marketing executives have latched on to the core of the American
Dream. They understand that Americans are enthralled with striking it
rich. Thus millionaire game shows are designed to make winning seem
easy. Lotteries are marketed in such a way that one thinks they have
a real shot at cashing in. The reality in both instances is that
achieving the American Dream through such means is a long shot at
best. Too much chance exists. Too much luck is necessary.

What is the end effect on society? Do millionaire game shows and
promises of lottery millions help to further erode the ethic of work
and self-reliance that once embodied the American Dream, replacing it
with an ethic of luck? Or are these sources of instant gratification
merely products of an ethic already lost to some Americans? Perhaps
the truth lies somewhere in the middle.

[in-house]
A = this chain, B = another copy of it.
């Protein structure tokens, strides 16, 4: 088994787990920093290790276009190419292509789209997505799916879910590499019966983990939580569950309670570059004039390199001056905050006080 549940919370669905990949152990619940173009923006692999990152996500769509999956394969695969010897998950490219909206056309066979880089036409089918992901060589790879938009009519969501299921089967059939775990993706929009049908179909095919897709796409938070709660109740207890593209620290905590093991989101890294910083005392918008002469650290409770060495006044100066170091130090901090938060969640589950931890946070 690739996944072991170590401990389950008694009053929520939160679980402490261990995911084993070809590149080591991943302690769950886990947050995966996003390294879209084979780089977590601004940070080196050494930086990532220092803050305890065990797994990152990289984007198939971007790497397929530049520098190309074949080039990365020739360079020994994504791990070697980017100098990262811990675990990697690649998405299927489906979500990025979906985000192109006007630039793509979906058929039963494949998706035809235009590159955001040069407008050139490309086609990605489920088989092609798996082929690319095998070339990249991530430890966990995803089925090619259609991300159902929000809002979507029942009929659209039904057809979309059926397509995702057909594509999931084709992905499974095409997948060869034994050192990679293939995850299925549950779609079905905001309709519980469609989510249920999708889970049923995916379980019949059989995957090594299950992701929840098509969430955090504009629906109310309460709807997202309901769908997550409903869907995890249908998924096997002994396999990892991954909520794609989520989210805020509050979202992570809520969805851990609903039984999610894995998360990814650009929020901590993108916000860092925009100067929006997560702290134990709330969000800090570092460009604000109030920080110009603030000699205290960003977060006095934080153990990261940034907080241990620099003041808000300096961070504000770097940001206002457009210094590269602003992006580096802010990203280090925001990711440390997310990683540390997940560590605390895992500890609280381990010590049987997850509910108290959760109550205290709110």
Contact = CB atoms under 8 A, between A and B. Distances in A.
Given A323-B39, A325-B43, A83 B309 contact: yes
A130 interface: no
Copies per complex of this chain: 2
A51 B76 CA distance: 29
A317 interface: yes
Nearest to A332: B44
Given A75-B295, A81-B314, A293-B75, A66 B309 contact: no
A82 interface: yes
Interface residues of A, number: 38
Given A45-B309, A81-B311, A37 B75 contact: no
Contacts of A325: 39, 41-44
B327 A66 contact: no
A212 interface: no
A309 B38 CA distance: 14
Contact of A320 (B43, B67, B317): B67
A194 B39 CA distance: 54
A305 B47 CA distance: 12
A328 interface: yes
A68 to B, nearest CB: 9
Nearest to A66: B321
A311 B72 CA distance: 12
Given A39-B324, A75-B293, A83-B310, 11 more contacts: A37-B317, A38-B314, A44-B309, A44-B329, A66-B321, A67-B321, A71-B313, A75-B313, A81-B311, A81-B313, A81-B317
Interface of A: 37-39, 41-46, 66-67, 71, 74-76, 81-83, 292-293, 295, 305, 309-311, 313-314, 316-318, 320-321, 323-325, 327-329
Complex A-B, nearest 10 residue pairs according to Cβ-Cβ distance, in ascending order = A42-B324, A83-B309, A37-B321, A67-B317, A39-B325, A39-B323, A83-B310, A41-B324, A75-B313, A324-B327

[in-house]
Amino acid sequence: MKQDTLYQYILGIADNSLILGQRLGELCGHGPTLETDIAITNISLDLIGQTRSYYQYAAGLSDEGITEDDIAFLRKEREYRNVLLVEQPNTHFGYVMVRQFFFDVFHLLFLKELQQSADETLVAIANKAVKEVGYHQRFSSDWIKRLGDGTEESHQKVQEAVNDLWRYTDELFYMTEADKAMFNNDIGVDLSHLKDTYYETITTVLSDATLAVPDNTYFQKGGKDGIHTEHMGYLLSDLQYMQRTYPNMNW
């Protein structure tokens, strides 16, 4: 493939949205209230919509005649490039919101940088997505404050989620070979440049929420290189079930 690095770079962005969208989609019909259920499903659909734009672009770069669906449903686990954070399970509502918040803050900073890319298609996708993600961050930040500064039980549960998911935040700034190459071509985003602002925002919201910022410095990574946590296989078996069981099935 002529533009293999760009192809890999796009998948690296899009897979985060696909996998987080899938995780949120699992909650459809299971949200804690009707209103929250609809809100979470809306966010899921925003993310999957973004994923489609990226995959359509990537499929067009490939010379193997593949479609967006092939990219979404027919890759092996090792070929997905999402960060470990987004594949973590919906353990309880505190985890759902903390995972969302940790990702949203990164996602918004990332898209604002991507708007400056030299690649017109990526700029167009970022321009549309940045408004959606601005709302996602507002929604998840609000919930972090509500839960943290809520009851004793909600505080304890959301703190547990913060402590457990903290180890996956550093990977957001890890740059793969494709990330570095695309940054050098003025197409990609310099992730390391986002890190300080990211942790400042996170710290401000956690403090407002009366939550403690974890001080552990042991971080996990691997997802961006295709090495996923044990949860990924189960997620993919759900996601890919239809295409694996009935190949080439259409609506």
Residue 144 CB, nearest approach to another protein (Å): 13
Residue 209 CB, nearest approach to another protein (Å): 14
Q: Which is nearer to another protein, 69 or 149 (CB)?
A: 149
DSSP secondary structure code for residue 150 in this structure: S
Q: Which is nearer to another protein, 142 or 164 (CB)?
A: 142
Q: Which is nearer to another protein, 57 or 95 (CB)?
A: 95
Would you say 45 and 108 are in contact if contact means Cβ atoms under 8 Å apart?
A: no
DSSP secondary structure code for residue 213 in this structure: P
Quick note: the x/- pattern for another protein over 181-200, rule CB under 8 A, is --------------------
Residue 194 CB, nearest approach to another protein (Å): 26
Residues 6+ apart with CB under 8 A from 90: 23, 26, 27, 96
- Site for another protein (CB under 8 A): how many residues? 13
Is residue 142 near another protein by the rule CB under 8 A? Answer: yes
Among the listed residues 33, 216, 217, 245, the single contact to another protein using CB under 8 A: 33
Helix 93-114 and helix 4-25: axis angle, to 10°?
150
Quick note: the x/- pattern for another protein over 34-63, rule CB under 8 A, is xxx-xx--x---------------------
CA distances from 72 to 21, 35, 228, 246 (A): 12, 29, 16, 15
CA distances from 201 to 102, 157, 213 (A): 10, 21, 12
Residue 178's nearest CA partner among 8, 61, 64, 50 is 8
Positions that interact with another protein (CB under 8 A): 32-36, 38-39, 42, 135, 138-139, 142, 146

The even darker side to this cultural phenomenon is how the sense of
entitlement has spilled over into a lack of responsibility. The fact
that so many Americans are willing to utilize litigation to cash in on
the American Dream is disheartening. Failing to take responsibility
for their own mistakes, plaintiffs look to the legal system to make
misfortune into fortune. Again, marketing and an avalanche of
advertising by personal injury lawyers helps encourage would-be injury
victims. Still, the readiness of people to sue is a key social

Ultimately, most Americans would like to achieve the American Dream of
financial independence. Yet it is the means to achieving it that are
essential to the nation's ethical foundations. It seems that many
Americans covet the easy road to the Dream and in the process undercut
the core values that established the Dream in the first place.
Equally culpable are the big businesses that capitalize on the quest
for the Dream. In an ironic sense, such businesses are fulfilling the
Dream for themselves while dangling the possibility of the Dream over
the heads of the public. There can be little doubt that the producers
of the millionaire games shows, the state lotteries, and lawyers are
getting rich on other people's yearning for the American Dream.